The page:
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Tre Soldi to Bring Roman-Style Pizza to Streeterville

By Janet Rausa Fuller | February 6, 2013 8:12am | Updated on February 6, 2013 10:04am

STREETERVILLE — Where Pompei once stood, Rome will rise again. Make that, Roman-style pizza.

Tre Soldi, the newest project from Coco Pazzo owner Jack Weiss, is taking over a former Pompei Pizza at 212 E. Ohio St. The 85-seat space is just a few blocks from Weiss' second spot, Coco Pazzo Cafe at 636 N. St. Clair St., though it will be nothing like its siblings in terms of food, Weiss said.

While Coco Pazzo and the cafe specialize in Tuscan cuisine, Tre Soldi will focus on the food of Rome and the surrounding Lazio region. The trattoria is slated to open in May.

Classical Roman dishes will include pasta carbonara, all'amatriciana and cacio e pepe; ricotta gnocchi and papardelle with lamb and fava beans, said executive chef Federico Comacchio, who will oversee the kitchens at all three restaurants. There will be porchetta in the colder months, fish stew and a few other seafood dishes.

And then, the pizza. Roman pizza is thinner with a crispier crust than Neapolitan and other styles that are so popular around town.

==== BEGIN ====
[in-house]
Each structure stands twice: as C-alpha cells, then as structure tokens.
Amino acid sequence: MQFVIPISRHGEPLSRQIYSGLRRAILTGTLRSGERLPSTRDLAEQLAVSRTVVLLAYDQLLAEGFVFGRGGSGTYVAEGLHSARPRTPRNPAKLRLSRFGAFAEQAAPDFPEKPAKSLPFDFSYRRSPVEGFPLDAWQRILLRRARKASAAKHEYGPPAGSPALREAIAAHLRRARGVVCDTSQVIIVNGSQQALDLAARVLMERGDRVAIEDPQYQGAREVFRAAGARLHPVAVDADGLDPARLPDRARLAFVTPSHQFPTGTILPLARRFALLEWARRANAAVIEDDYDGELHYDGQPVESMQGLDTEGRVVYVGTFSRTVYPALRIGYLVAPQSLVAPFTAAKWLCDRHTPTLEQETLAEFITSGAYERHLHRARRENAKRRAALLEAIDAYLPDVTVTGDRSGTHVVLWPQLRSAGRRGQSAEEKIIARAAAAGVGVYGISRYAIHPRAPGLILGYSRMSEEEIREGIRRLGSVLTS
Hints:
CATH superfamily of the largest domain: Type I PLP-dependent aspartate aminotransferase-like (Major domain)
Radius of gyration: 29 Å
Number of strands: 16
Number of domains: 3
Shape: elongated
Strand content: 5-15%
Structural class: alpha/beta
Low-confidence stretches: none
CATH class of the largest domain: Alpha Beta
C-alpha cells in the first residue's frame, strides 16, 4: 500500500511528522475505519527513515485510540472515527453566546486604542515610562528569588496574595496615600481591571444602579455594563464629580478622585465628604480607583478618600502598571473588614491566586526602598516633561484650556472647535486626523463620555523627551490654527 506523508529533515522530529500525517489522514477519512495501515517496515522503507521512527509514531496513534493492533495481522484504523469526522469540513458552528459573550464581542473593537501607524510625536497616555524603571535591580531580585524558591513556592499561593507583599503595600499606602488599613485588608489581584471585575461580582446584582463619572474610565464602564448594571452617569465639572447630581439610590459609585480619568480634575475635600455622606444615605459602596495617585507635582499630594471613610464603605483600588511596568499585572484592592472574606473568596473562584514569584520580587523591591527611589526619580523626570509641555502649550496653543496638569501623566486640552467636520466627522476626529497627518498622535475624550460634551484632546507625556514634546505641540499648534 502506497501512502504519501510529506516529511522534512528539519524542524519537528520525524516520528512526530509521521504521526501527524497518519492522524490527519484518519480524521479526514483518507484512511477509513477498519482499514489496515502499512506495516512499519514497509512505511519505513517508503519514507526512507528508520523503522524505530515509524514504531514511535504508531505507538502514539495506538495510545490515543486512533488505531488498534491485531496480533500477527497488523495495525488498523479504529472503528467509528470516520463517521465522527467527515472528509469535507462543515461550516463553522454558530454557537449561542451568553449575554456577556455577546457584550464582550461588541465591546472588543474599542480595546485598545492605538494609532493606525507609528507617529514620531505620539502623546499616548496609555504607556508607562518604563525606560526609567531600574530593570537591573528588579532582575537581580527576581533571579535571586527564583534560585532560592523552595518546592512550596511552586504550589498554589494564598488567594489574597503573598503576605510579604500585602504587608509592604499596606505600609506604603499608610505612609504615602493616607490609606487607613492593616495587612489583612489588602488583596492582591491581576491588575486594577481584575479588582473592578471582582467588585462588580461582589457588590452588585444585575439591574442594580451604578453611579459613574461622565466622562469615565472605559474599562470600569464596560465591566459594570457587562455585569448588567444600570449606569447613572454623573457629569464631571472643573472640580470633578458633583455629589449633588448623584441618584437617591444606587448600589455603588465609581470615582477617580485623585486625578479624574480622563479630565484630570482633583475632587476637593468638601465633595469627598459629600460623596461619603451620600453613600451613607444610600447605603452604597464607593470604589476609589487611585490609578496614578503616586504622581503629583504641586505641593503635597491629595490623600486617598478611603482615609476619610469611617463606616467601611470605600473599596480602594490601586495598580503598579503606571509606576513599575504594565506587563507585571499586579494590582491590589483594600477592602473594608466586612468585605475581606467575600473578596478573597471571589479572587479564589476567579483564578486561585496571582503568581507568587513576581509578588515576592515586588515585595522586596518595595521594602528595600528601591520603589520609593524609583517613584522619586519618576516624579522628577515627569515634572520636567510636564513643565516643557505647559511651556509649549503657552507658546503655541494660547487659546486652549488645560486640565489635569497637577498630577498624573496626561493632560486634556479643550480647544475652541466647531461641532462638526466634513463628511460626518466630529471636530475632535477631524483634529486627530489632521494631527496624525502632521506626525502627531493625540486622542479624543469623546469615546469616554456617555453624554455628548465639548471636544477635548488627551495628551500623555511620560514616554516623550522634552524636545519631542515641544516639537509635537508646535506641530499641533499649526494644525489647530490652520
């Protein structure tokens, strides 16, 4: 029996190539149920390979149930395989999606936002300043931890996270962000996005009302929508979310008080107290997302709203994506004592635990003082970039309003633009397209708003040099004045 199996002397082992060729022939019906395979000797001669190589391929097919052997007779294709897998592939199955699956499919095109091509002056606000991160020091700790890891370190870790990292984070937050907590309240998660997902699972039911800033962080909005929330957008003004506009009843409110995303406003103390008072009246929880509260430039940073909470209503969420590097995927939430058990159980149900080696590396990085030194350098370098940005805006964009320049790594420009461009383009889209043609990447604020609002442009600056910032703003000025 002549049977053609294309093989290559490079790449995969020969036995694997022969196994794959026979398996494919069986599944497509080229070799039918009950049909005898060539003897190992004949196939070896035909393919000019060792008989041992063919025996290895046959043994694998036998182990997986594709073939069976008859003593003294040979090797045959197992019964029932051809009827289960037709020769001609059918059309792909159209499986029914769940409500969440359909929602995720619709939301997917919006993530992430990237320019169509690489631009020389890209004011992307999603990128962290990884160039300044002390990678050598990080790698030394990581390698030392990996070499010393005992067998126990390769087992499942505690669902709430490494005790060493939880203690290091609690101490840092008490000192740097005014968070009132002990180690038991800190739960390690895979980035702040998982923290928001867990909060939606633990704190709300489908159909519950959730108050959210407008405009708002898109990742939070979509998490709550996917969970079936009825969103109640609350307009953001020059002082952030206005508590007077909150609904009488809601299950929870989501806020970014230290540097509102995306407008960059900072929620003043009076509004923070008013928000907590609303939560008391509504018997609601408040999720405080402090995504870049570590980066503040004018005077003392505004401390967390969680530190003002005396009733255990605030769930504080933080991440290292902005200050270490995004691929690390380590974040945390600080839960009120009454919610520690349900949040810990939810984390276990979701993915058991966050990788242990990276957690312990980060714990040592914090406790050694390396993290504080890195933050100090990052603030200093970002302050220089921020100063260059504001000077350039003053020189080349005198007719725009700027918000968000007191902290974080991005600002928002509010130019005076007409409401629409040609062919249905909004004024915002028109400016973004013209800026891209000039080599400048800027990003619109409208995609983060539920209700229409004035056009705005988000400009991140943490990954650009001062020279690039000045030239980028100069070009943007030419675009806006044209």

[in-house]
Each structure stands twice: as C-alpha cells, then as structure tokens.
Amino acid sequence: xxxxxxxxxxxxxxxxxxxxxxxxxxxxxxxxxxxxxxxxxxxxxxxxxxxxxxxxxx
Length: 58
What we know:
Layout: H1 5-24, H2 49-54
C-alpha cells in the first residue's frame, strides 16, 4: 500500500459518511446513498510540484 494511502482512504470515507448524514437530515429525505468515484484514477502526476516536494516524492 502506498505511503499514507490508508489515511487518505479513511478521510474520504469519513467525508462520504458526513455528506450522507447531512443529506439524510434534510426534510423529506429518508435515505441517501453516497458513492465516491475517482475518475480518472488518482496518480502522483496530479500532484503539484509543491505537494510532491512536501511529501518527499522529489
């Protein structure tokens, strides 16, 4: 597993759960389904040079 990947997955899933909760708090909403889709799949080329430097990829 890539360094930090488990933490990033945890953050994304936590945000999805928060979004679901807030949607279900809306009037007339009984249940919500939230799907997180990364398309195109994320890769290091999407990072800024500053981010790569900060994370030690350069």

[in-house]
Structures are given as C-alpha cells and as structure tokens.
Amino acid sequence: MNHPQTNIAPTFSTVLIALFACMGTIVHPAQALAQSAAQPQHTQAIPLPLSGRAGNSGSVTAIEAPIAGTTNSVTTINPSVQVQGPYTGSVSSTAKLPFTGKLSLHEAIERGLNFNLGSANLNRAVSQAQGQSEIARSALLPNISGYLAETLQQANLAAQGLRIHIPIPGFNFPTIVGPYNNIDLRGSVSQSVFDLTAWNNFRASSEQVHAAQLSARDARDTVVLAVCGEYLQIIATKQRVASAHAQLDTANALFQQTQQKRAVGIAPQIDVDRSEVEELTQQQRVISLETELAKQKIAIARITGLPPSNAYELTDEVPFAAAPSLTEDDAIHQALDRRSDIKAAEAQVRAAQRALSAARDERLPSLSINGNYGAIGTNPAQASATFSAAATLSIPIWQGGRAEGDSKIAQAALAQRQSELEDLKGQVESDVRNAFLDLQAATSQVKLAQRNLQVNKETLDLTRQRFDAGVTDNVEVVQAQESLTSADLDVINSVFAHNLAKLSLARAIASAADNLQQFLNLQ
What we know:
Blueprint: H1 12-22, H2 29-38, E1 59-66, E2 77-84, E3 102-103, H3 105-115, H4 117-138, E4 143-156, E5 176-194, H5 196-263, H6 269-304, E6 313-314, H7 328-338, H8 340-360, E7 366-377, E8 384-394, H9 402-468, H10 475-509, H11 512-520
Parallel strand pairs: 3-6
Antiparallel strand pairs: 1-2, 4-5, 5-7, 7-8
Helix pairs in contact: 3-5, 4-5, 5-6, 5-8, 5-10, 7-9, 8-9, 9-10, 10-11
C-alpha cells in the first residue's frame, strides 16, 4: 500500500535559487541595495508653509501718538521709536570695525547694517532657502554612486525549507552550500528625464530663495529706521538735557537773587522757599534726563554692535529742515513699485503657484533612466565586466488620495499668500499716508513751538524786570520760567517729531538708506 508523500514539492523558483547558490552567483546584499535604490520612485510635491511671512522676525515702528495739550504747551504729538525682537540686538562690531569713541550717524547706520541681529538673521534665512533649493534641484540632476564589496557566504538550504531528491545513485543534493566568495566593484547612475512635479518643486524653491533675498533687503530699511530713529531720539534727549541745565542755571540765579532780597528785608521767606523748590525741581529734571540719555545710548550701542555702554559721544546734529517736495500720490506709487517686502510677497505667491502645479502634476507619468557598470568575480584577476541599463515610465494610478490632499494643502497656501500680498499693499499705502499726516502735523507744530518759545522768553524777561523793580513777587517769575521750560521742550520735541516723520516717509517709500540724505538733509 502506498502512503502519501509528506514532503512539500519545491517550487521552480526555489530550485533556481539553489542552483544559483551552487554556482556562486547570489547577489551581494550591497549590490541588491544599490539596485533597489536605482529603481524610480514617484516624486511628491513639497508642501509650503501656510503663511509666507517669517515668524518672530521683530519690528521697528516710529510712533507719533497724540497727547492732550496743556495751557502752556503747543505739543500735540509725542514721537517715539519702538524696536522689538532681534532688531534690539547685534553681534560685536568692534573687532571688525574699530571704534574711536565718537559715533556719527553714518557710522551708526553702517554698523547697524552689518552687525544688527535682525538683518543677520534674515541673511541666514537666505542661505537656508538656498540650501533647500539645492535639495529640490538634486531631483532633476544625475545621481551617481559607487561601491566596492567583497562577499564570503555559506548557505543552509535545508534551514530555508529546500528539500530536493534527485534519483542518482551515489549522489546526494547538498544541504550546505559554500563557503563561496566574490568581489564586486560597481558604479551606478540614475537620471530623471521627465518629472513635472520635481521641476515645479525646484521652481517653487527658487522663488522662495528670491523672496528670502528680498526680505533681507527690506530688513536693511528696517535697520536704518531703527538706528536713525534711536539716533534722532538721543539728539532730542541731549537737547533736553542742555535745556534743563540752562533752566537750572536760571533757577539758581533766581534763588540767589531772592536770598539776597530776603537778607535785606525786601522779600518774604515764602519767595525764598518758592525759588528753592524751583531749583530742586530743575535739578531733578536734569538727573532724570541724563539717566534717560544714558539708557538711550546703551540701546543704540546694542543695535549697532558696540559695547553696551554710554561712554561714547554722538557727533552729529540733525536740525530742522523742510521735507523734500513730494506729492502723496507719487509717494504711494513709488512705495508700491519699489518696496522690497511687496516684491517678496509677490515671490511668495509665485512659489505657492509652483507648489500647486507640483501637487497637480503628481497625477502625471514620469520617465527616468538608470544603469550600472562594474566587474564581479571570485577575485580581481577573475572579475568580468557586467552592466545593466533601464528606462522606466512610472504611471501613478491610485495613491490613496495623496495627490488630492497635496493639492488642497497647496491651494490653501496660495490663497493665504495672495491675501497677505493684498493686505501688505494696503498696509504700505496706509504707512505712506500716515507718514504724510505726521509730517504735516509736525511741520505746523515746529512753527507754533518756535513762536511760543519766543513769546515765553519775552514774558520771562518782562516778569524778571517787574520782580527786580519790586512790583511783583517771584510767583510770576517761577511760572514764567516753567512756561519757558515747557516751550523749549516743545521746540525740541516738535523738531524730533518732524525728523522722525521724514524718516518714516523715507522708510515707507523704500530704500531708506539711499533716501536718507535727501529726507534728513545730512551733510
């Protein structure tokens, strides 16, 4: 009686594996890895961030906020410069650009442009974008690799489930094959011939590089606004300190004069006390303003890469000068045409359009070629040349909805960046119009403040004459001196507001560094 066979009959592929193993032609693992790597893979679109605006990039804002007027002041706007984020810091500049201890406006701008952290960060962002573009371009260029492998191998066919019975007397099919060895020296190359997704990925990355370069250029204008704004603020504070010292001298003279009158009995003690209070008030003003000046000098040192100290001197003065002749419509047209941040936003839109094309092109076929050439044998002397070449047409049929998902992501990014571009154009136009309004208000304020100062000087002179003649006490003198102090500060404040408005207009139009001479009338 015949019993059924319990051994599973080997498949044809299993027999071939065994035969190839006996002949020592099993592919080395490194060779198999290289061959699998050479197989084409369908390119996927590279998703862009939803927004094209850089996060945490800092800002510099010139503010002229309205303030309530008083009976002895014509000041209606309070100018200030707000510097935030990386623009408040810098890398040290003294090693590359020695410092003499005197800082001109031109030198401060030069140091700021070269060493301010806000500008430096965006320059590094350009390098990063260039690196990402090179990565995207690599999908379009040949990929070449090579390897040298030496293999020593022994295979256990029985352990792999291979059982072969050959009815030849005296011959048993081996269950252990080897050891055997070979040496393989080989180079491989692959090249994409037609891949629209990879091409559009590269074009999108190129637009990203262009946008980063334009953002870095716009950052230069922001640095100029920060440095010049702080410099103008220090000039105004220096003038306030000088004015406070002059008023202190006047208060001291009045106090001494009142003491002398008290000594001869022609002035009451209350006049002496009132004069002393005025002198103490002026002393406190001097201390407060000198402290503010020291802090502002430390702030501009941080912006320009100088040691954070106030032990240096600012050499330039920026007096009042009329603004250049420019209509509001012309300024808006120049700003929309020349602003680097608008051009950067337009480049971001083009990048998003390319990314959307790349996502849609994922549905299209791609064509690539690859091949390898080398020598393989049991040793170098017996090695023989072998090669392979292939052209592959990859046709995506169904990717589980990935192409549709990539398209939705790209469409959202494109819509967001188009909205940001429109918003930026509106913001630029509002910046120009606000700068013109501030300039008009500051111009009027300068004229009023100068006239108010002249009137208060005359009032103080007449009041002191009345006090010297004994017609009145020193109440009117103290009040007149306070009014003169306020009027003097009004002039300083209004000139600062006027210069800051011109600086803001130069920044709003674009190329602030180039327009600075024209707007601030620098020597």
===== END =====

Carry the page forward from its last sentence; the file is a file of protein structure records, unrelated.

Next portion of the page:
Weiss has turned to baker Pamela Fitzpatrick, who made her name as Fox & Obel's chief breadhead, to develop the pizza dough and signature breads for Tre Soldi. Imported Italian "00" flour, the gold standard for pizza, will be a key ingredient.

The menu will feature at least five varieties of pizza at any given time, Weiss said.

For guests dining in, the pizza will be served round. But Weiss said he also will offer pizza for delivery in the large, rectangular shape that is standard in Rome's takeout pizza shops.

Weiss plans to keep the check average around $16 a person for lunch and $25 for dinner.

"In the neighborhood, there's Uno's, Due's, Gino's, but there's no real artisan pizza, and that's what we're going to present," he said.

Wine director Tamra Weiss, Jack's wife, is building that list, which will offer at least 20 wines by the glass starting at $6. They won't be exclusive to Rome, though.

"There aren't a lot of wineries in Lazio," she said.